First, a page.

In the non-jury trial against Heather Barron and her boyfriend Kareem Leiva, who are facing charges in the murder of Barron’s 10-year-old son Anthony Avalos, the defendant’s siblings testified against her in court. Barron and Leiva are standing trial for the 2018 killing of Barron’s son.

The couple tortured Avalos for days before he died at the family home, where he lived with his parents and multiple siblings. Although Barron and Leiva beat Avalos for years before his death, the extreme punishment that left him with head trauma and internal bleeding stemmed from him coming out as bisexual.

Barron and Leiva’s trial continues this week as more family members will take the stand to testify against them. The parents were initially arrested in 2018, following Avalos’ death, and awaited trial for three years before it started last Wednesday.

The prosecution initially sought to sentence both parents to death before deciding against it in May 2021. Regardless, both parents will serve life in prison without parole if convicted of all charges.

Avalos faced beatings, starvation, and torture

David Barron and Crystal Diuguid addressed the court, saying they already warned Heather against abusing her child in the same way they were as children. Both David and Crystal confirmed they reached out to the Department of Child and Family Services (DCFS) on multiple occasions.

Between the ages of 4 and 10, he and his siblings endured extreme levels of abuse. Although the parents inflicted much of that abuse, the children were sometimes forced to participate. According to NBC News, Avalos and some of his siblings faced regular beatings, starvation, and whippings.

Their parents locked them up on a regular basis and even forced them to fight each other for their amusement. In the five or six days leading up to Avalos’ death, his parents tortured him while forcing his siblings to watch them torture him and participate themselves.

A statement from Los Angeles County Deputy District Attorney Jon Hatami alleges Avalos’ parents sprayed him in the face with hot sauce, hung him upside down before dropping him on his head, and forced him to kneel on rice for hours at a time.

The years leading up to Avalos’ death were full of red flags

David told DCFS Anthony would be dead within five years if they released him into Heather’s custody. DCFS released Avalos in 2015 after taking him from the family home in 2013. Allegations of sexual abuse at the hands of Avalos’ grandfather led to his removal. Heather and Leiva had supervised visits with Avalos between 2013 and 2015.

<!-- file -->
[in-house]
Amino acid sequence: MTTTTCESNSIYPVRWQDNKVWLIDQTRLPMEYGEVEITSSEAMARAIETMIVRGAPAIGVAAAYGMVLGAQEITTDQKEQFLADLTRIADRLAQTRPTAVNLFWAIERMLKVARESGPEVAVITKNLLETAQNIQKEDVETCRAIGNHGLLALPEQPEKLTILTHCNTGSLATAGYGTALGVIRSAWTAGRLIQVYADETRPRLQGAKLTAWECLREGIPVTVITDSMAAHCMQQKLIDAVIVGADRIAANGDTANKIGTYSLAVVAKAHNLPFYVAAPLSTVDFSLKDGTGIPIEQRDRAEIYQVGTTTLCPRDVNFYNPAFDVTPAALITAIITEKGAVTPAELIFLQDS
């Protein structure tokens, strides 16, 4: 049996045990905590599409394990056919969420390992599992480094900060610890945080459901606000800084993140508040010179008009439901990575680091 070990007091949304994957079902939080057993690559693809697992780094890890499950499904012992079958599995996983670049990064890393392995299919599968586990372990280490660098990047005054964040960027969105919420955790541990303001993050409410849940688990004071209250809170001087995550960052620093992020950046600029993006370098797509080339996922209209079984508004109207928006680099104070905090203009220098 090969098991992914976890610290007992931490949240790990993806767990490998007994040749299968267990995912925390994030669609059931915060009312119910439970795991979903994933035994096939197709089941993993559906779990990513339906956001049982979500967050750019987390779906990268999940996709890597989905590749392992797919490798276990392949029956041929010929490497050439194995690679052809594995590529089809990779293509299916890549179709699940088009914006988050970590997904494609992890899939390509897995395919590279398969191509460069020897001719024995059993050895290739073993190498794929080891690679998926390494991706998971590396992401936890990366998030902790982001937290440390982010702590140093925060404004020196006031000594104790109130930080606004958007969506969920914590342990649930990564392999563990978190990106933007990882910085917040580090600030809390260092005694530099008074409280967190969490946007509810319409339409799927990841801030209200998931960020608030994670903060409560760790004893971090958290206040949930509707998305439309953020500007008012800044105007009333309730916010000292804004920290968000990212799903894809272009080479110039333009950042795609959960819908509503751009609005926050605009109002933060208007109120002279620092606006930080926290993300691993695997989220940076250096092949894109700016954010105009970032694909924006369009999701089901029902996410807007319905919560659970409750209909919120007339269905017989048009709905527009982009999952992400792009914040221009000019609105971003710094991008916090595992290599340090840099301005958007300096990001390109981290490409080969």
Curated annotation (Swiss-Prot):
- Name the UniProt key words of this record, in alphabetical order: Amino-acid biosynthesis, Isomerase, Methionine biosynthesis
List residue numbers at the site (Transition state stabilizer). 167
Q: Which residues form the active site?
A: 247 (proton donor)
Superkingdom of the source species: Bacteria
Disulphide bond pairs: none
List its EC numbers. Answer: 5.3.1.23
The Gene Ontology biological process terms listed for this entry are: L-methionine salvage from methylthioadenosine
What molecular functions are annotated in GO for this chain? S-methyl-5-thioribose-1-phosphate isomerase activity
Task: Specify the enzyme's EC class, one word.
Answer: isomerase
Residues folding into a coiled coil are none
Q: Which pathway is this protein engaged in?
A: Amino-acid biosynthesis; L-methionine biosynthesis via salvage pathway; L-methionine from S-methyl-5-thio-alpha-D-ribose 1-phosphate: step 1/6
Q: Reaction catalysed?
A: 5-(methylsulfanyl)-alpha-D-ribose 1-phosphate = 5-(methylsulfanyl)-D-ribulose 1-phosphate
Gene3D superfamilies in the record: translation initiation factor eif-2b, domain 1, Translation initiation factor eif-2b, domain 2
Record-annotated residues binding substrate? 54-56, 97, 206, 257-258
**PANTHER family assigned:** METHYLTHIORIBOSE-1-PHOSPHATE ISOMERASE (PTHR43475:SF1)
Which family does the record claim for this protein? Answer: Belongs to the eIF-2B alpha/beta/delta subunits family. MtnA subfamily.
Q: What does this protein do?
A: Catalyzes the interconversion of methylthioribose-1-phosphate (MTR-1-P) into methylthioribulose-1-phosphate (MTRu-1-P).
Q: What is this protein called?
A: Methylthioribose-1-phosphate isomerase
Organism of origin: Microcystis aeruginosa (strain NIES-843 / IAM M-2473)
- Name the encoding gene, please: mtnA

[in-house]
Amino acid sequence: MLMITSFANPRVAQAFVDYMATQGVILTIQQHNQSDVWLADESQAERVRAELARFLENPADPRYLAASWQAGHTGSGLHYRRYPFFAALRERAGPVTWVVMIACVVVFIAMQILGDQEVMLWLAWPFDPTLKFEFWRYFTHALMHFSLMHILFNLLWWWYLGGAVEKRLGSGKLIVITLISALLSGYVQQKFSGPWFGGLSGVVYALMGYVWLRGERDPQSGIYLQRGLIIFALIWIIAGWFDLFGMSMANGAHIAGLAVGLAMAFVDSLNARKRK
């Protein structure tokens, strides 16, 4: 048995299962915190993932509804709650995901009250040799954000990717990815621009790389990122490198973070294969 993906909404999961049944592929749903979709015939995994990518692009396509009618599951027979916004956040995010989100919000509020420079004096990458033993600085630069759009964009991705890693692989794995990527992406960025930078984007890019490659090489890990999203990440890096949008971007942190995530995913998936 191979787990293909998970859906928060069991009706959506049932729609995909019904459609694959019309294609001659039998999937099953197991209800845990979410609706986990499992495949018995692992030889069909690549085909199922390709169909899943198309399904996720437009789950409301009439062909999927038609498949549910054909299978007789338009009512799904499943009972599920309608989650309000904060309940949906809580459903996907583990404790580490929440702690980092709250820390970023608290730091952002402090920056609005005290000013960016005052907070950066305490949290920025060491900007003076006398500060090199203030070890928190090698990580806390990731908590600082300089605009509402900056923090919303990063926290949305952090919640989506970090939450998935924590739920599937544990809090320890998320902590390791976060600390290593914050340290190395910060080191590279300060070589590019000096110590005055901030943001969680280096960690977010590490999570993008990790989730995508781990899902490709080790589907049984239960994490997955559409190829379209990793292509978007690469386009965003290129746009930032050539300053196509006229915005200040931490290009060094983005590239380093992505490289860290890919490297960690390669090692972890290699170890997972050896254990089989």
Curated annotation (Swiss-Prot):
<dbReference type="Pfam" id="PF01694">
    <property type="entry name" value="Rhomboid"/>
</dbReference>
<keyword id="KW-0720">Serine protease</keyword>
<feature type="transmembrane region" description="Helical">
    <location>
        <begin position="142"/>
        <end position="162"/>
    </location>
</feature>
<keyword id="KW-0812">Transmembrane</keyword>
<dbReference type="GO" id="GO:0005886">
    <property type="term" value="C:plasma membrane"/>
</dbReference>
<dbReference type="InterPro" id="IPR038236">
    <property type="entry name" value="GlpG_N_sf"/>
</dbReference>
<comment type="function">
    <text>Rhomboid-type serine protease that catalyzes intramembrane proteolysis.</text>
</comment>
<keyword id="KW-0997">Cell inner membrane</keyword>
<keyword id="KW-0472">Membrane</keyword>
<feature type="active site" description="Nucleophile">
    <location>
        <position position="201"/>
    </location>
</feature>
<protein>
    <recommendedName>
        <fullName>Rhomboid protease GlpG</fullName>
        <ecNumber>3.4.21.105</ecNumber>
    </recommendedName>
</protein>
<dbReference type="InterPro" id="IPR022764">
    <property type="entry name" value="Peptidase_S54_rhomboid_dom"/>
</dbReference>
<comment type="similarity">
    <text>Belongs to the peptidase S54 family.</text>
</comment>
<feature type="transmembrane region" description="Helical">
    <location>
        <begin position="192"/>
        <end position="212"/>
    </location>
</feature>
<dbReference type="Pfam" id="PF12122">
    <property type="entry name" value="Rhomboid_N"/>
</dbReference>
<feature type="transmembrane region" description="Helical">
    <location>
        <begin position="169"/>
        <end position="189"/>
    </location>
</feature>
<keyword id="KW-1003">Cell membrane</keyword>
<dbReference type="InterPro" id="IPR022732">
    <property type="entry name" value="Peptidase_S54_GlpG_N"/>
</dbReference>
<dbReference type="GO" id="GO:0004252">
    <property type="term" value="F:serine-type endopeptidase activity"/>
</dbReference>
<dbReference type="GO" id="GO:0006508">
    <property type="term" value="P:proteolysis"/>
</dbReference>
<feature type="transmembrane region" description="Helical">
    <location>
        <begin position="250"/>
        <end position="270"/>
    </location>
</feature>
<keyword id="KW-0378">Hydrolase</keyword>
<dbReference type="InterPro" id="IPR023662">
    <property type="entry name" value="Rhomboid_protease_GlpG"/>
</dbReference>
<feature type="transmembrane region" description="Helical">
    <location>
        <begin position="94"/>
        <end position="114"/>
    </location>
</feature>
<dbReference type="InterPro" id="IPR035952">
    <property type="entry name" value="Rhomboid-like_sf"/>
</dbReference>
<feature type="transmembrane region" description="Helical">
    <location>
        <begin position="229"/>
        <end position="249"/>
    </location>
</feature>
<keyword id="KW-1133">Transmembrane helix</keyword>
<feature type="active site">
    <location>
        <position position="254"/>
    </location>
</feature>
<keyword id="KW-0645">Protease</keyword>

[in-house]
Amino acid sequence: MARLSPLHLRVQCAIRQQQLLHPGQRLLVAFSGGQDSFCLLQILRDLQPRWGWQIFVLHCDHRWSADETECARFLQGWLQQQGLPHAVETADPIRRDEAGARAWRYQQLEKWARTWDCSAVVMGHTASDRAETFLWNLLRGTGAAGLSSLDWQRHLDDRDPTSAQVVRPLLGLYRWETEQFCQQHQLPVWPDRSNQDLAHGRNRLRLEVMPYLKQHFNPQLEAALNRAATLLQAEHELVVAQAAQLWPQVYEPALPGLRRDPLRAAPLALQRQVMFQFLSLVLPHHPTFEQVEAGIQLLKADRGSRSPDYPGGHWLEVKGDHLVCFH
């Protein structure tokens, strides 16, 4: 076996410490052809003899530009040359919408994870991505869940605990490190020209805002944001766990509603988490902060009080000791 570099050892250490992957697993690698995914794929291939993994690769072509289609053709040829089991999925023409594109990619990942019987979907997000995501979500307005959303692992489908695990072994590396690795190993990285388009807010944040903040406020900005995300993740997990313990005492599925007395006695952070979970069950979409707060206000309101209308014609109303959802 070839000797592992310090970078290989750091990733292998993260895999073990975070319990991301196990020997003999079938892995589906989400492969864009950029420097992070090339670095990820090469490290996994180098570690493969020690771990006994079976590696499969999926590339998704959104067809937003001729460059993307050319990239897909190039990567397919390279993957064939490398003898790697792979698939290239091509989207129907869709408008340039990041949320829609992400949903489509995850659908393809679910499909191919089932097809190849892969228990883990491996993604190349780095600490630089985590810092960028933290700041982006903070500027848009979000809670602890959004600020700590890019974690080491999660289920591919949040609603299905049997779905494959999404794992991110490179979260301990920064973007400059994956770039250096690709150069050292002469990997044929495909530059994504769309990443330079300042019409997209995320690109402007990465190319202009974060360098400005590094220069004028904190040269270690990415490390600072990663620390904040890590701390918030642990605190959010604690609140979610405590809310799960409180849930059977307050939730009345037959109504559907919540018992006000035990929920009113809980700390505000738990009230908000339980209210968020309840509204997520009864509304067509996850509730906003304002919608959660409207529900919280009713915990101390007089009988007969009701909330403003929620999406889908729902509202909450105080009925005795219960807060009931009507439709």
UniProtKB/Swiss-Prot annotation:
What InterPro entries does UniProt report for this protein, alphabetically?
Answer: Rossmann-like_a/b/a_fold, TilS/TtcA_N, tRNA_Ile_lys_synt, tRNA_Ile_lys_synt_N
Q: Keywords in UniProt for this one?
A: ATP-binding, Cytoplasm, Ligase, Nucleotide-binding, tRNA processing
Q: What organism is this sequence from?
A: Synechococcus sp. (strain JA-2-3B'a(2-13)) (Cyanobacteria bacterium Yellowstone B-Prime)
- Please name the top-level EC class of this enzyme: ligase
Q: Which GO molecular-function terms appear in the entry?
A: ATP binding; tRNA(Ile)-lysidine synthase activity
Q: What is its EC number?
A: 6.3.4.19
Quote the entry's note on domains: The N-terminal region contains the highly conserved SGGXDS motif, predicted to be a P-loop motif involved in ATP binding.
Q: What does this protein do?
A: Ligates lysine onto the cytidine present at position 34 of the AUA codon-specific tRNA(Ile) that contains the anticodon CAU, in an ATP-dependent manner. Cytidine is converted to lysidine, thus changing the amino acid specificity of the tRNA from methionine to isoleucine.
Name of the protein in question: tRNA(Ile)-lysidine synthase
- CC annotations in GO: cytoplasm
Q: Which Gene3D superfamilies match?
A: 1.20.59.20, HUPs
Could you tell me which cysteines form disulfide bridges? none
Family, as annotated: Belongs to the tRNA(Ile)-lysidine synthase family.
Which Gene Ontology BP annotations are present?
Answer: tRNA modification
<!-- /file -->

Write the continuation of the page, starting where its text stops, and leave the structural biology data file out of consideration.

Even though DCFS eventually removed Avalos’ grandfather from the home — which housed an additional seven children aged 11 months to 12 years old — neither David nor Crystal ever saw the boy again. Three years later, he was dead. DCFS removed the other seven children from the home, as well.

Now, with charges of both murder and torture against them, Heather and Leiva are facing life in prison. If convicted of all charges, there will be no option of parole. Authorities arrested Heather and Leiva following an initial police interview with Leiva following Avalos’ death. Initially, the couple told police Avalos suffered a fall that killed him.

Homophobia was most likely a factor in Avalos’ death

On the week of June 21, 2018, Heather and Leiva brutally beat, starved, and tortured 10-year-old Avalos after he revealed to them he “liked boys and girls,” according to DCFS. The boy’s parents had reportedly been beating Avalos for years before his death.

According to a DCFS report, Avalos confided in his parents shortly before his death. He told them he thought he was bisexual. Multiple relatives corroborated this theory, noting how Leiva called Avalos a faggot multiple times in front of other family members. Leiva also admitted he felt uncomfortable around gay people.

The 10-year-old boy slipped through the cracks

L.A. County Supervisor Kathryn Barger is investigating how Avalos died in his home. There were multiple reports of abuse from various family members.

She is directing the “Office of Child Protection, law enforcement and child protective services to review the history of contacts with the family of Anthony Avalos and identify any system breakdowns and overarching issues that may have impacted access to services.”

In a statement released earlier this week, Barger said, “The county is suffering a senseless murder of an innocent child, allegedly at the hands of someone inside the home, while law enforcement, social workers, and family preservation workers all interacted with the family.”

She continued, “We need to identify how our previous efforts to enhance and expand services and integrate county partners have succeeded, and determine where there are continual gaps and barriers. Through this assessment, we will also take a closer look at the quality and availability of services provided in the Antelope Valley, in particular.”

The trial continues this week, with more family members set to testify against Heather Barron and Kareem Leiva.